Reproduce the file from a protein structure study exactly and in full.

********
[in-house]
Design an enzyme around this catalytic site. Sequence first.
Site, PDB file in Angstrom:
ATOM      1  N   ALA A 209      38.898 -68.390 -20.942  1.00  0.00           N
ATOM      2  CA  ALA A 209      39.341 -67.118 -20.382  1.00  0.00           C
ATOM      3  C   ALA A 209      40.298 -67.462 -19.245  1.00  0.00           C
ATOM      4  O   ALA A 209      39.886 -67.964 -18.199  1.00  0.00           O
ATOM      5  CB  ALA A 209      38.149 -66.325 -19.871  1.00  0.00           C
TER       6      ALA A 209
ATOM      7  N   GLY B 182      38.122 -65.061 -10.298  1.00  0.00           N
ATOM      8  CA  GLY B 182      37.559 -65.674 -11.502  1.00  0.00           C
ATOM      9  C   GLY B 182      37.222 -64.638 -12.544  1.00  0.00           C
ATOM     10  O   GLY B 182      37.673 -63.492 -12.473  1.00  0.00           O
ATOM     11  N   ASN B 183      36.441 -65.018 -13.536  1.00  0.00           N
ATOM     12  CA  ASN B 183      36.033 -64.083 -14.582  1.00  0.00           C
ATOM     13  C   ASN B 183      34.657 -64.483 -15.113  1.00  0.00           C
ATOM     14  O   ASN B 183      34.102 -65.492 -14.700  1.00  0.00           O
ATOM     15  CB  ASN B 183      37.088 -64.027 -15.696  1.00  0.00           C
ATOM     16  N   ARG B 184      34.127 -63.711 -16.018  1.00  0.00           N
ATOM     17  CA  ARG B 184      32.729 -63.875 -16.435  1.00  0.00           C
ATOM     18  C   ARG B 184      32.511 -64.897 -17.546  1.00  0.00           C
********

[in-house]
Design an enzyme around this catalytic site. Sequence first.
Site, PDB file in Angstrom:
ATOM      1  N   ALA A 209      38.898 -68.390 -20.942  1.00  0.00           N
ATOM      2  CA  ALA A 209      39.341 -67.118 -20.382  1.00  0.00           C
ATOM      3  C   ALA A 209      40.298 -67.462 -19.245  1.00  0.00           C
ATOM      4  O   ALA A 209      39.886 -67.964 -18.199  1.00  0.00           O
ATOM      5  CB  ALA A 209      38.149 -66.325 -19.871  1.00  0.00           C
TER       6      ALA A 209
ATOM      7  N   GLY B 182      38.122 -65.061 -10.298  1.00  0.00           N
ATOM      8  CA  GLY B 182      37.559 -65.674 -11.502  1.00  0.00           C
ATOM      9  C   GLY B 182      37.222 -64.638 -12.544  1.00  0.00           C
ATOM     10  O   GLY B 182      37.673 -63.492 -12.473  1.00  0.00           O
ATOM     11  N   ASN B 183      36.441 -65.018 -13.536  1.00  0.00           N
ATOM     12  CA  ASN B 183      36.033 -64.083 -14.582  1.00  0.00           C
ATOM     13  C   ASN B 183      34.657 -64.483 -15.113  1.00  0.00           C
ATOM     14  O   ASN B 183      34.102 -65.492 -14.700  1.00  0.00           O
ATOM     15  CB  ASN B 183      37.088 -64.027 -15.696  1.00  0.00           C
ATOM     16  N   ARG B 184      34.127 -63.711 -16.018  1.00  0.00           N
ATOM     17  CA  ARG B 184      32.729 -63.875 -16.435  1.00  0.00           C
ATOM     18  C   ARG B 184      32.511 -64.897 -17.546  1.00  0.00           C